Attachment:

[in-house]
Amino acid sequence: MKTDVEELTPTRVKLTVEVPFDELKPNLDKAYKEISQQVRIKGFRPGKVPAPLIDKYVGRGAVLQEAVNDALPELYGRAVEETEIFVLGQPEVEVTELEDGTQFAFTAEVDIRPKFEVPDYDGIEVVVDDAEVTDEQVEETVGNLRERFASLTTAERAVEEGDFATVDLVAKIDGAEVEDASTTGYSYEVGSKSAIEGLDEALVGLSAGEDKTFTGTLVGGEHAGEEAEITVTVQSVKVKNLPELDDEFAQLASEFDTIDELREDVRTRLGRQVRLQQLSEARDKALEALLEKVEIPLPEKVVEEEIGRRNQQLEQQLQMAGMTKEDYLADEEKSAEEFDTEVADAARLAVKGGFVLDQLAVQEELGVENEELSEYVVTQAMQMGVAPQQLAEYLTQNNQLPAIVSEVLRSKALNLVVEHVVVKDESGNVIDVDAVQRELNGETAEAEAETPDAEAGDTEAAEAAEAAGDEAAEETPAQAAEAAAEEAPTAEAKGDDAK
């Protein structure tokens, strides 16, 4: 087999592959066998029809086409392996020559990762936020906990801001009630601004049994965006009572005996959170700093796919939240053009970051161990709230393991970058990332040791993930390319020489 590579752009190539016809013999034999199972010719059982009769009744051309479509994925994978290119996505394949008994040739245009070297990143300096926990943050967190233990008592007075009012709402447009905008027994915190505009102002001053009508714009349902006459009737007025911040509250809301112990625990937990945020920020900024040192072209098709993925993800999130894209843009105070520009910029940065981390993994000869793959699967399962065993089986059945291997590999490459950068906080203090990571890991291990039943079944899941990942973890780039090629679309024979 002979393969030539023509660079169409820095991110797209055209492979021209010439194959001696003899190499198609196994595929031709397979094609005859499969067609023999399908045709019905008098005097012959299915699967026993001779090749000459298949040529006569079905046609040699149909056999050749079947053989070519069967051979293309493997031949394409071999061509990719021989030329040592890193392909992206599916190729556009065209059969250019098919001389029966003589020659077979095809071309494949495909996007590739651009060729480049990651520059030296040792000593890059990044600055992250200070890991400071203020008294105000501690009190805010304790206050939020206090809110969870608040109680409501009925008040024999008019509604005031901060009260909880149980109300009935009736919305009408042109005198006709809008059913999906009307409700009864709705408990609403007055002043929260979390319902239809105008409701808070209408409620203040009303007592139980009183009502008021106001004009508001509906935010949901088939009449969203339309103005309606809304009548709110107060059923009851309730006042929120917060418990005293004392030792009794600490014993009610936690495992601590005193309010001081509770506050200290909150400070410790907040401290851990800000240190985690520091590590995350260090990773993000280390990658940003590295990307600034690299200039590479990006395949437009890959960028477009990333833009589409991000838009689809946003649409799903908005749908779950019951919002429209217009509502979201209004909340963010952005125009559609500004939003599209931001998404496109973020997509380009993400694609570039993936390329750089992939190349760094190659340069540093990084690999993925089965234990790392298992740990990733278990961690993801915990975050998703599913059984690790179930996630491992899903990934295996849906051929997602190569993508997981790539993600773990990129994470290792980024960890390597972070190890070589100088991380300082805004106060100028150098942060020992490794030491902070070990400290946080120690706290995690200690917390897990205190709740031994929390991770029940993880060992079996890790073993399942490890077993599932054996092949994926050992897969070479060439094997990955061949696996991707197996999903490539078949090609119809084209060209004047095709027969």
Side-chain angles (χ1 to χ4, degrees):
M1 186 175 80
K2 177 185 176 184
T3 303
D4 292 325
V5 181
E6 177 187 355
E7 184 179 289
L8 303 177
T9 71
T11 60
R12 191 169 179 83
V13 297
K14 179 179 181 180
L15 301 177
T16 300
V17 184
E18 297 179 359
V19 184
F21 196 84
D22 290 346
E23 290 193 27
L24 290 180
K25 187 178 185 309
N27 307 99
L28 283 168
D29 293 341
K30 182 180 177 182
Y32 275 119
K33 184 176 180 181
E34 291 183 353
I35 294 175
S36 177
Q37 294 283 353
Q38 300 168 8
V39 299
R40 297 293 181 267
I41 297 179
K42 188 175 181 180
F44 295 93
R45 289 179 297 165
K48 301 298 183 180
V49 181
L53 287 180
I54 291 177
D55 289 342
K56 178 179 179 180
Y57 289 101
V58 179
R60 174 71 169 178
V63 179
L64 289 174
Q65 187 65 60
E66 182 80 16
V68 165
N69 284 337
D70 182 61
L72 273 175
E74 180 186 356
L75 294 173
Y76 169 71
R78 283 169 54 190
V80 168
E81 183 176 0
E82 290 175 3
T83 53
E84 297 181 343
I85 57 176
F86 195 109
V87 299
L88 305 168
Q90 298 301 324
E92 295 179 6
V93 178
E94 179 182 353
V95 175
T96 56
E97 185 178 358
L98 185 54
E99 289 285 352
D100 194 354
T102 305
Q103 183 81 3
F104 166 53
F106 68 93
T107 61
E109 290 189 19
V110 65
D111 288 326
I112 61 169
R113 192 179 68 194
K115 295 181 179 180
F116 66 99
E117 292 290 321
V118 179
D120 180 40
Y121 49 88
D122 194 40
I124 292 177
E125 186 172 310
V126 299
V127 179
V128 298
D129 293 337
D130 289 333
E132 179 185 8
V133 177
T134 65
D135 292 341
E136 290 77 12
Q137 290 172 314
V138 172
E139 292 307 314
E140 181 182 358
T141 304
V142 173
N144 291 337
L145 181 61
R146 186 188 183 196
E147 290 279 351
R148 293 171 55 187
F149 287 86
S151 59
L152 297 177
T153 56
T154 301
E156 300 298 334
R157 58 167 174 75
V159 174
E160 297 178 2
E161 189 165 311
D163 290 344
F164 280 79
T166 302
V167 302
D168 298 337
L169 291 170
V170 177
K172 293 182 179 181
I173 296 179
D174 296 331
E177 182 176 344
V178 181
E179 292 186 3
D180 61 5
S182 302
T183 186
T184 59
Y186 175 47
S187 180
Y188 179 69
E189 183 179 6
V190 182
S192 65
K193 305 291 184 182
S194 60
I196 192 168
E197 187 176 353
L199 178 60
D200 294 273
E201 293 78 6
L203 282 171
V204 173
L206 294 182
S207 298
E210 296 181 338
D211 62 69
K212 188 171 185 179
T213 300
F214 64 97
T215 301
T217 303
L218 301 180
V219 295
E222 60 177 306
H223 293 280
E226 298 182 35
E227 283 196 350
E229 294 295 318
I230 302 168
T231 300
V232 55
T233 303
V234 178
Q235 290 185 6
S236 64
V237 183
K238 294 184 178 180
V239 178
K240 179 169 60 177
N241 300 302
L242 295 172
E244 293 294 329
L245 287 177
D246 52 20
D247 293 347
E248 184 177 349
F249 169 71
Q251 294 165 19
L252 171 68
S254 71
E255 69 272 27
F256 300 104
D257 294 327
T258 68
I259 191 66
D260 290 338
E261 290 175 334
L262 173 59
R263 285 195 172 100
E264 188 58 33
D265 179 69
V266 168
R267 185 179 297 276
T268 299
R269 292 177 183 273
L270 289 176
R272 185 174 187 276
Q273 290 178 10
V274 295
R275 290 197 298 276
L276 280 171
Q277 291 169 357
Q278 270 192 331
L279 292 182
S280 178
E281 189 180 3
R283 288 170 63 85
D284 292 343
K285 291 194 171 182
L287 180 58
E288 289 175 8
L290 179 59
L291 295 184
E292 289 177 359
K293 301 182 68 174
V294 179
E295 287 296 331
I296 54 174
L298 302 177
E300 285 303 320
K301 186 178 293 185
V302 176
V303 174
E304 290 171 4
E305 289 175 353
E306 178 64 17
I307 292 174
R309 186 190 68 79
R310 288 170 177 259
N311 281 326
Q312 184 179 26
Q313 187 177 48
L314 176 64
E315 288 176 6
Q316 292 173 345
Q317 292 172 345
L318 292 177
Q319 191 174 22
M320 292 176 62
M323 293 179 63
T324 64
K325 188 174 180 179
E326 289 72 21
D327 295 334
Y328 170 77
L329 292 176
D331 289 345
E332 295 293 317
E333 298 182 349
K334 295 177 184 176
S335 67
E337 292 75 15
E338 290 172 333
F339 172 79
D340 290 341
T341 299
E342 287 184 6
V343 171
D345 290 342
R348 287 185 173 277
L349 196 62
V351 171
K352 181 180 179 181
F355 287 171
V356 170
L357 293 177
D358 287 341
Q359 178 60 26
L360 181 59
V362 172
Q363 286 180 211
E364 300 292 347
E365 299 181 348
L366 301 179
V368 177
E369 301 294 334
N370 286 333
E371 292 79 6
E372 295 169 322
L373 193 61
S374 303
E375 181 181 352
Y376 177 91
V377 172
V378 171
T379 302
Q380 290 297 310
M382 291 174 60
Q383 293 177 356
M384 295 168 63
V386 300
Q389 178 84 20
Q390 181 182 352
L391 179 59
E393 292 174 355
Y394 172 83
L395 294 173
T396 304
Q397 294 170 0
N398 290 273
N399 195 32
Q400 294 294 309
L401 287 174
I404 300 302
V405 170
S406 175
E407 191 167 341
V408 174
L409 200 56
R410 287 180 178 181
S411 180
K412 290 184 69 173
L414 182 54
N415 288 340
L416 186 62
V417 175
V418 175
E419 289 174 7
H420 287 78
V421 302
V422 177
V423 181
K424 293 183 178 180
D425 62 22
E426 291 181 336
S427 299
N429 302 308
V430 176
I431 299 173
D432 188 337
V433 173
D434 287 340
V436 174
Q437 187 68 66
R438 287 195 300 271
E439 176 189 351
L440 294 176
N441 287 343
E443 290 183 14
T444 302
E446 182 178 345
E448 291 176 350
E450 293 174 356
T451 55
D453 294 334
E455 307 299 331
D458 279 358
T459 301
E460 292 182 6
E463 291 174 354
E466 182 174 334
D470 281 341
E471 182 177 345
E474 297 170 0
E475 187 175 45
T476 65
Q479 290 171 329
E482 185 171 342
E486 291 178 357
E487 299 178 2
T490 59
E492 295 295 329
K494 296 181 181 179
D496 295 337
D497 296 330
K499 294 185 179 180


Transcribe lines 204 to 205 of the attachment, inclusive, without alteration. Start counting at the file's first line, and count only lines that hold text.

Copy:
S254 71
E255 69 272 27